Computer model knows whether 'airplane' or 'celery' was on your mind
By analyzing brain activity, a computer model can correctly guess which word a person is pondering, new research suggests. Eventually, the results may help scientists understand the roots of certain kinds of cognitive problems.
Reporting in the May 30 Science, a team used functional magnetic resonance imaging to track neural activity in volunteers shown pictures of airplanes, celery and 58 other everyday objects. Based on these brain scans, a computer model successfully sussed out which object and paired word people were observing — and therefore thinking about.
“The study is very clever; it's really an advance,”
says Dedre Gentner, a cognitive psychologist at
The study, led by computer scientist Tom Mitchell of
After the computer model was trained, nine volunteers viewed 60 line drawings paired with words as functional MRI simultaneously recorded their brain activity.
Mitchell and his colleagues then trained the computer model to link 58 of those 60 nouns with the corresponding brain scans of the participants as they thought of the nouns. The trained computer then had to “guess” which brain scan matched each of the remaining two nouns. The researchers then repeated this partial training with a different subset of 58 words so that, ultimately, the computer had a try at guessing all of the 60 words. By chance, the correct word and brain scan should have been paired correctly half the time. The model got it right more than three out of four times, suggesting it could tell based on neural activity what word a person was pondering.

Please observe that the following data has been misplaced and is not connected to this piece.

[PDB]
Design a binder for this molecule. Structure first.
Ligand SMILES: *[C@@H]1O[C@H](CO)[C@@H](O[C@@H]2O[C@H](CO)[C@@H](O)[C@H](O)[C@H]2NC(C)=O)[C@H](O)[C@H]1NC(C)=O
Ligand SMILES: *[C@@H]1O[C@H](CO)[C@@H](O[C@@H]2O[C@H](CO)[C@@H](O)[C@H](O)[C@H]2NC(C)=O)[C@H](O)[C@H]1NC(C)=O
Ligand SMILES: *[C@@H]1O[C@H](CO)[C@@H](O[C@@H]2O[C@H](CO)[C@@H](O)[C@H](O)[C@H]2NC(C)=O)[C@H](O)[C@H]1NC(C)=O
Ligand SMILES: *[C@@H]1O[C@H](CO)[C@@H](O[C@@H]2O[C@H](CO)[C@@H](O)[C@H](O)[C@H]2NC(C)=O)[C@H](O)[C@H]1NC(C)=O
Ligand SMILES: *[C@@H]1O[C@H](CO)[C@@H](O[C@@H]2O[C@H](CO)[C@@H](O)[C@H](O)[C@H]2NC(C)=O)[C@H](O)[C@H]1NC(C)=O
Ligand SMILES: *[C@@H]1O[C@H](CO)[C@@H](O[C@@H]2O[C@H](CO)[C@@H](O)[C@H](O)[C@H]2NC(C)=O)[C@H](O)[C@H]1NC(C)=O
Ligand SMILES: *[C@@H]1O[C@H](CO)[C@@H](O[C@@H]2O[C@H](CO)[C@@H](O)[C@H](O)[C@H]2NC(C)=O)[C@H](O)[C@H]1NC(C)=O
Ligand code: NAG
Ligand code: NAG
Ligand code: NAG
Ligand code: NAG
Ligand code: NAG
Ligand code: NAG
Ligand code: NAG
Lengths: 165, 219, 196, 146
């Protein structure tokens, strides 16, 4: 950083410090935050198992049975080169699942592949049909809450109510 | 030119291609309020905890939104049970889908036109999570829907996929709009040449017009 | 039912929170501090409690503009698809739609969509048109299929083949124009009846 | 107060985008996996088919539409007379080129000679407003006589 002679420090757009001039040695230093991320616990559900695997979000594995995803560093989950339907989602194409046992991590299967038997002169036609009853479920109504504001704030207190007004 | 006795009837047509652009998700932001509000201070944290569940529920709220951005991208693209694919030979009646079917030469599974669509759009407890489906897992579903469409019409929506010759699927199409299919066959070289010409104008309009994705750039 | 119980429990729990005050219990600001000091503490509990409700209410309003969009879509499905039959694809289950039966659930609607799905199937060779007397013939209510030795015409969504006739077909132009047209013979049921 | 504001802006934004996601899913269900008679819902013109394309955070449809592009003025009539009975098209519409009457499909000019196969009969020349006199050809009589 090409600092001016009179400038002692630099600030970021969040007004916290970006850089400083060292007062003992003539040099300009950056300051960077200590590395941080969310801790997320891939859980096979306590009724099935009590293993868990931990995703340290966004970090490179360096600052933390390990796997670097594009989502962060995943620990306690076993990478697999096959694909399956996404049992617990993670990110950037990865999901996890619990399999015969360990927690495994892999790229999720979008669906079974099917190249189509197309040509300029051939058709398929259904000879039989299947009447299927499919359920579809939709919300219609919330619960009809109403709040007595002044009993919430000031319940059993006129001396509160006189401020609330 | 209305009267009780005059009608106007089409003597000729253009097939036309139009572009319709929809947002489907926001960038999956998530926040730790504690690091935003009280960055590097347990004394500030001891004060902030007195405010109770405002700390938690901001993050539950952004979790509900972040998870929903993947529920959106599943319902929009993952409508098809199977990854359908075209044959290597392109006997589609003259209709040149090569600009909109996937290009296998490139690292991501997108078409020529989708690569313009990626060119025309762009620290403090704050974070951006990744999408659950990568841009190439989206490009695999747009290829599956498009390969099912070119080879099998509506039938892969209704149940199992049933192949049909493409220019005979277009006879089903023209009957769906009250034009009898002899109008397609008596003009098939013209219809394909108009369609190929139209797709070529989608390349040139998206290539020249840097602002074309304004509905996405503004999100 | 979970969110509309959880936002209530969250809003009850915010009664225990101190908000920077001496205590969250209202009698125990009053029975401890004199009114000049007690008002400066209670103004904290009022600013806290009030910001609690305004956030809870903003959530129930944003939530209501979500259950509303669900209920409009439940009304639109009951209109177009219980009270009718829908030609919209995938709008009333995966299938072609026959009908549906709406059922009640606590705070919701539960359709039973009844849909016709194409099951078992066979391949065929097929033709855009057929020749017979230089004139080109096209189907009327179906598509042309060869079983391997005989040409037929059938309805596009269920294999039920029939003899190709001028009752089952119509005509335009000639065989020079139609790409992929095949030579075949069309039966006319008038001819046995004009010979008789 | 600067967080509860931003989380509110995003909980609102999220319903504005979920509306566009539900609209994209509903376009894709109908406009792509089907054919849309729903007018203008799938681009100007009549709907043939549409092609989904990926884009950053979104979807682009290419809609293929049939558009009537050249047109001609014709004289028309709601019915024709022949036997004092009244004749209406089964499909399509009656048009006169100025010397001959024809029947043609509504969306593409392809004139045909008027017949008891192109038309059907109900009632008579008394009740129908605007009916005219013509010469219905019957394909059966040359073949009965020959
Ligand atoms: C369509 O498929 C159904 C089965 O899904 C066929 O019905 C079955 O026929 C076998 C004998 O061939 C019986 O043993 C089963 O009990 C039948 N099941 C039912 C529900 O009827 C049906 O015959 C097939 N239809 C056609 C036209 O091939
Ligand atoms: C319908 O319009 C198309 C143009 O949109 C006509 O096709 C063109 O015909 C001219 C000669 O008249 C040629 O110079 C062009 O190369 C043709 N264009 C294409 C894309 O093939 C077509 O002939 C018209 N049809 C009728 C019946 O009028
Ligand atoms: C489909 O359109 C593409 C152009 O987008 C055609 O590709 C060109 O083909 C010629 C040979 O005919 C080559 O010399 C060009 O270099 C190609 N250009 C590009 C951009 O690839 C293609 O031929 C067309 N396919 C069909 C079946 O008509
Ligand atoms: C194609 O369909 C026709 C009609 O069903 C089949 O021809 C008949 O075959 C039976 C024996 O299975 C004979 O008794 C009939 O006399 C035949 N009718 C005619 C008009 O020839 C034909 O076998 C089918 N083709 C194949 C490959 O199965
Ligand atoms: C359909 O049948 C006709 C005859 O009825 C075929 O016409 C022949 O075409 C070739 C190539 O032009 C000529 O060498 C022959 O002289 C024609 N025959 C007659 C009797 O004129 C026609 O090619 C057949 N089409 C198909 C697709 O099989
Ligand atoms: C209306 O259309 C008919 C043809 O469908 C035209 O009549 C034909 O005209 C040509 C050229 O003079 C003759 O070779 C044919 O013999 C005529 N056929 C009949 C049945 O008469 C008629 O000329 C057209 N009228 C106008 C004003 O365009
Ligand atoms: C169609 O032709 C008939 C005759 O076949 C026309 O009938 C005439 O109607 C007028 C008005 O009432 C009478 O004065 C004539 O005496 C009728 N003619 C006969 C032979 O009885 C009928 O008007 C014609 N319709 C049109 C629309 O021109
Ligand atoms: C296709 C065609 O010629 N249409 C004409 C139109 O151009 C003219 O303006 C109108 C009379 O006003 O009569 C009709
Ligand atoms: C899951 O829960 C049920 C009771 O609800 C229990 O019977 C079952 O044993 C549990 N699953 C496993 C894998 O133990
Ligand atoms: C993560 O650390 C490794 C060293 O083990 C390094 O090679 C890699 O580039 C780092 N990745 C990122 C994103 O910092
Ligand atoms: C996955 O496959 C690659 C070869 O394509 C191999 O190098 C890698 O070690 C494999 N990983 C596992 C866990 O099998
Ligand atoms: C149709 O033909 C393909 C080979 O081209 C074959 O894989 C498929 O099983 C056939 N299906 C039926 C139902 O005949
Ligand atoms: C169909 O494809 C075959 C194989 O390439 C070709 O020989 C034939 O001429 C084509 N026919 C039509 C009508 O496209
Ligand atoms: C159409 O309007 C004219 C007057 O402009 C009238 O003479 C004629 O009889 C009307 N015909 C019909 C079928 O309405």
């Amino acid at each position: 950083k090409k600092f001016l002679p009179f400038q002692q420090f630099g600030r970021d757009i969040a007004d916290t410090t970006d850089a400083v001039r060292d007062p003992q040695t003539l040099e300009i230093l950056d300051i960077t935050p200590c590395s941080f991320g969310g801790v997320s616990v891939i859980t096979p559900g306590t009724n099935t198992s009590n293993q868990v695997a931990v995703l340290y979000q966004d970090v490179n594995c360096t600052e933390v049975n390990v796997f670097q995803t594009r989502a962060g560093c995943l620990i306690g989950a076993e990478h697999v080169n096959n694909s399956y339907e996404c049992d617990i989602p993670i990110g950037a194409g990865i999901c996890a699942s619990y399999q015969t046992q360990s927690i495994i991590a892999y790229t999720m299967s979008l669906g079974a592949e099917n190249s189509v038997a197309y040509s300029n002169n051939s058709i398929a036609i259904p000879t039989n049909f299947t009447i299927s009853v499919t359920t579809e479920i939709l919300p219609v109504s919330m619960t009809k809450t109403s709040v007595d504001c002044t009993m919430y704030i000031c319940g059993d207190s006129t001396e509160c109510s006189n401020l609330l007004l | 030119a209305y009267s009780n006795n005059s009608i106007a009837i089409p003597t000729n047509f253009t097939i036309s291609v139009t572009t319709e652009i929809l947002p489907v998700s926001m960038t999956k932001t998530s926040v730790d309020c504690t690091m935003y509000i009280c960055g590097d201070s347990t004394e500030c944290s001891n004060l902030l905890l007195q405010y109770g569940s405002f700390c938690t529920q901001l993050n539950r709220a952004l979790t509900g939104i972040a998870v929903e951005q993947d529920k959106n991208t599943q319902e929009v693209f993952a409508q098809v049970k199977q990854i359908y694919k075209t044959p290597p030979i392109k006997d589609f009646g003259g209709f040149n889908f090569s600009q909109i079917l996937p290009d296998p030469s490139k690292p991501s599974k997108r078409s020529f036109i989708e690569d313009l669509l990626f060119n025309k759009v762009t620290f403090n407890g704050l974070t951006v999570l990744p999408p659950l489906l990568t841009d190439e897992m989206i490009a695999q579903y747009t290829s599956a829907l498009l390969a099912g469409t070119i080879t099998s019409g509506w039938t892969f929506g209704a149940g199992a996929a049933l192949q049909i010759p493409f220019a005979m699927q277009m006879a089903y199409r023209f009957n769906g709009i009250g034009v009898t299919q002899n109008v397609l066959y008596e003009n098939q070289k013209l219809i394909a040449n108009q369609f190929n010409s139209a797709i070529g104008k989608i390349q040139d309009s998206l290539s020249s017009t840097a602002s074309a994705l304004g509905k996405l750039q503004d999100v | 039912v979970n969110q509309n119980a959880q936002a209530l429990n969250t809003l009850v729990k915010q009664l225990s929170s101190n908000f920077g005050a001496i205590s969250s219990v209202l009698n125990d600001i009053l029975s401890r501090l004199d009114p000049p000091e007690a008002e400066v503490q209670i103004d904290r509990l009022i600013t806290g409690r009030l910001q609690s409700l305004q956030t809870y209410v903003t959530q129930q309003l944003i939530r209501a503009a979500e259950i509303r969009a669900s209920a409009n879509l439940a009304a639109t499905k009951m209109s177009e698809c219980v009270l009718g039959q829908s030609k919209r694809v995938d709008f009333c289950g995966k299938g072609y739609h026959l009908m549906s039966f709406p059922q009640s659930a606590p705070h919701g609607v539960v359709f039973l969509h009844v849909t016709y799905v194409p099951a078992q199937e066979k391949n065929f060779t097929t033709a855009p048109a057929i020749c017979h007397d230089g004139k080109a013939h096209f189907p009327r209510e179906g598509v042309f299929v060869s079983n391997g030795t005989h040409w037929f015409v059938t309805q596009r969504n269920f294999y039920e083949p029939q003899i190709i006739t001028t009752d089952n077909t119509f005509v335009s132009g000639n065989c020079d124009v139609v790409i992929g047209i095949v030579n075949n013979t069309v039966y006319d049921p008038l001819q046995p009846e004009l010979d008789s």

In some forms of dementia people forget specific words, like “poodle,” and can recall only the more general ones, like “dog” or “animal,” Mitchell says. Understanding how brains map meaning within context could help diagnose such diseases and help explain how people process language.
While the results are promising, knowing which words are often used together is not the same as understanding meaning, Gentner says, suggesting the approach may not work as well with parts of speech other than nouns. “If you try to apply this technique to verbs, it seems like it will be much harder to pull out their meaning,” she says. Opposites, like “give” and “take” or “answer” and “ask,” often appear in very similar contexts, but their meanings are radically different, she notes.
The research is still a far cry from true mind reading, adds
Alfonso Caramazza, a neuropsychologist at
Mitchell, T., S. Shinkareva, A.Carlson, K. Chang, V. Malave, R. Mason, M.Just.Predicting Human Brain Activity Associated with the Meanings of Nouns. Science 320, May 30,2008, 1161-1165.